Interaction10 Global Student Competition

About the Competition

The competition as a whole has four elements in two stages. The first element – the “process book” – is submitted electronically and judged by a jury for the selection of 5 finalists who will then compete in Savannah, GA at the Interaction10 | Savannah conference organized by IxDA and hosted by the Savannah College of Art & Design (SCAD). Finalists will have three more elements of competition – poster, 24-hour design task, and plenary presentation – which are judged by a jury, by conference attendees and by an online audience to find a winner.

Stage 1: Process Book

A process book is a document that outlines your process and results for a design project of your choice. This element will be used as the basis for entry into the finals. It will be judged only by our esteemed jury of educators and professionals from around the world. From these submissions 5 finalists will be selected to come to Savannah for Interaction10 and the chance to compete in Stage 2 of the competition.

Stage 2: Finalist On-site Challenges
Savannah, GA, February 4-7, 2010

Finalists coming to Savannah will all be starting with zero points when arriving to participate for Stage 2. Finalists have to be in Savannah on February 3rd to participate in Stage 2 and hope to win the competition. Full scholarships of travel, accommodation and conference attendance will be given to the finalists. There are 3 elements during the on-site competition.

(NOTE: If for any reasons a selected finalist can not participate in Savannah, GA, their position will be left empty leaving the remaining finalists to compete. A primary representative for a group can be replaced by another representative of the group, but we cannot make a guarantee of scholarship.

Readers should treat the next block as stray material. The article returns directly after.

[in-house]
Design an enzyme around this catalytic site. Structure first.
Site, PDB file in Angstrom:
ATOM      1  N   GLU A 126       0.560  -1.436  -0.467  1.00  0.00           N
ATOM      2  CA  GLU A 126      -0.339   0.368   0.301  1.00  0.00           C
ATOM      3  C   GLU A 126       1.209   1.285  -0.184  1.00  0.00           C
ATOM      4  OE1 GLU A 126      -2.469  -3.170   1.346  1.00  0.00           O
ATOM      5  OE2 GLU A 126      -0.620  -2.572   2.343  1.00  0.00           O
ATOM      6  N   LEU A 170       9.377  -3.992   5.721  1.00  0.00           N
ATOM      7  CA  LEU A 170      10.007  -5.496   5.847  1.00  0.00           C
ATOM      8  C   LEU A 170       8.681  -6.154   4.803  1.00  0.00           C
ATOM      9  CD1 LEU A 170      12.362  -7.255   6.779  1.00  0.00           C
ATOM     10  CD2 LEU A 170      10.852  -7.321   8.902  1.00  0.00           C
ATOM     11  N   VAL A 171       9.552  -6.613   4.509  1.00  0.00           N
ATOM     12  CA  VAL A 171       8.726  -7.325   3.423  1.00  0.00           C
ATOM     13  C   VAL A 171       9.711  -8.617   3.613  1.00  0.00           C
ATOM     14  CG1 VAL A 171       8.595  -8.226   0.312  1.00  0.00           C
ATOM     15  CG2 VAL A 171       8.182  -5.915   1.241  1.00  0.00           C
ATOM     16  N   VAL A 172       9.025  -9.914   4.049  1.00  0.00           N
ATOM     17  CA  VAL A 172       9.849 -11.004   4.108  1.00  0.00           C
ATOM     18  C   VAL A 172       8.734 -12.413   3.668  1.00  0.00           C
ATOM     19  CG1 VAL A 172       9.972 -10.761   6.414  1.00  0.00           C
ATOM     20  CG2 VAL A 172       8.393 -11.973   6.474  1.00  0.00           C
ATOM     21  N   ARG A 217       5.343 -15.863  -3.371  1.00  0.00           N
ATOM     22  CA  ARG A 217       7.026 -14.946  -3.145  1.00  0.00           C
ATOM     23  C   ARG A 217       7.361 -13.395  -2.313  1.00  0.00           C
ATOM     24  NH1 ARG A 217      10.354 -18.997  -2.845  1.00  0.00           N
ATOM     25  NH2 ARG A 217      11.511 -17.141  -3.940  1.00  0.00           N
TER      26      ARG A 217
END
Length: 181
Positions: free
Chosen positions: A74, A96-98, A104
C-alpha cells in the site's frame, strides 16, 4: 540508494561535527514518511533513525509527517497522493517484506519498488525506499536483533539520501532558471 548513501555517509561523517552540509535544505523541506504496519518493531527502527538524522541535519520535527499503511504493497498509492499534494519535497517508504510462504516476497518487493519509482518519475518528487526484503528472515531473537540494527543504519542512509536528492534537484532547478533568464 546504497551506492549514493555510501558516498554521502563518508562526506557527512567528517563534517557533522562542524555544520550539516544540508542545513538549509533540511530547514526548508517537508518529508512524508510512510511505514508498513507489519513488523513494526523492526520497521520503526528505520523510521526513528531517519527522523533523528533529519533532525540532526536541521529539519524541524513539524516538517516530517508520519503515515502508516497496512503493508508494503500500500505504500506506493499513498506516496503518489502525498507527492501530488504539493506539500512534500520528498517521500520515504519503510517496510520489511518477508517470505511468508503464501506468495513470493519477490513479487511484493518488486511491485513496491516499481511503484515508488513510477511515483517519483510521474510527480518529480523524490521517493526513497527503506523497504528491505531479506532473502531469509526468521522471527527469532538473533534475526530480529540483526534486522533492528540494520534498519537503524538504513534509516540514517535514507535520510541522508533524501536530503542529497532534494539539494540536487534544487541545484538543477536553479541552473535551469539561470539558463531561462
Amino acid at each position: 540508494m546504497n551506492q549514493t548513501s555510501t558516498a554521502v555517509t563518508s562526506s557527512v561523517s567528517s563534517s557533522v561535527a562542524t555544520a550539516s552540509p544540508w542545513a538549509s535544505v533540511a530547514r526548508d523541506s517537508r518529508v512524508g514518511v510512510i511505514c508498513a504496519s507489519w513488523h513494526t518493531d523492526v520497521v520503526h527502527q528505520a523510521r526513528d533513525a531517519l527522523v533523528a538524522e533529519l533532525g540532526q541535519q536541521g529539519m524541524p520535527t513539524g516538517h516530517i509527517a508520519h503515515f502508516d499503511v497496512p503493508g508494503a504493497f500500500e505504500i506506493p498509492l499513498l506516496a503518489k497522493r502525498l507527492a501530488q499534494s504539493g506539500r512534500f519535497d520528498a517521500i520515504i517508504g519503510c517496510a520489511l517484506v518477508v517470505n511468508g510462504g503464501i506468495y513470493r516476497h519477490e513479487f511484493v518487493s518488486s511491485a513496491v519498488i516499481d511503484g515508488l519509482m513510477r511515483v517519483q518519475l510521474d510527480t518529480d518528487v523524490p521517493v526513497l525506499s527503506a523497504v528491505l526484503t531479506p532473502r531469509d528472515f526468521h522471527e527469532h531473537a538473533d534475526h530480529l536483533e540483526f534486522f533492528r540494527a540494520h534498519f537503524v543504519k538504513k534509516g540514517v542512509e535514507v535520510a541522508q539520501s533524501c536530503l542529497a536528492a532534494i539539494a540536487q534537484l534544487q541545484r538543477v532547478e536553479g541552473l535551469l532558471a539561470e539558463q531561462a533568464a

Element 1: Poster submission. Weight = 20% (10% community / 10% jury)

When the five finalists are selected, they will be asked to prepare posters to upload in electronic form and bring in print to the conference. A poster is a single page document of print size no larger than 36″x24″ (equal to 900 x 600mm; closest ISO size is A1 which is 841 x 594mm) that captures the essence of the process book. Finalist posters will be posted online and be exhibited in the Art Gallery at the conference. Conference attendees as well as everyone from the global community will have an opportunity to vote on the posters.

Element 2: On-site challenge. Weight = 60%

The main element of the on-site competition is a 24-hour design task. Finalists will be informed about the general area of the task in advance, in order to prepare research and plan which tools to bring. When finalists arrive on the day before the main conference, they will be given the brief (together with the assessment criteria) and then work on the brief individually for 24 hours. They submit their work to the on-site jury for assessment of their mastery of interaction design theory and craft. The task of the on-site challenge is introduced to all conference attendees in anticipation of the finalists’ presentation (Element 3, below).

Element 3: Plenary presentation. Weight = 20% (10% community / 10% jury)

The finalists will be given the floor at a plenary session towards the end of the conference where they will present in 10 minutes their work from the on-site challenge. This final element will be judged by the on-site jury committee and the attendees.

The on-site jury aggregates the score of elements 1-3 and announces the winner in connection with the closing plenary.

(NOTE: In the event of a tie between the finalists for the on-site competition, the finalist who had the better score for Stage 1 will be the winner. If there is still a tie, the Jury members who are on site will be forced to vote on a final winner, where a majority must be received to win.)

Jury Members

  • David Malouf – Savannah College of Art & Design (committee chair person)
  • Robert Fabricant – frog design
  • Alie Rose – Copenhagen Institute of Interaction Design
  • Allan Chochinov – Core77
  • Jonas Löwgren – Malmö University
  • Liz Danzico – School of Visual Arts
  • Jeremy Yuille – RMIT University
  • Martin Tomitsch – University of Sydney
  • Nathan Shedroff – California College of Arts
  • Matt Cottam – RISD
  • Christopher Fahey – Behavior Design
  • Malcolm McCullough – University of Michigan
  • Lennart Andersson – Ergonomi Design
  • Itamar Medeiros – Autodesk, Shanghai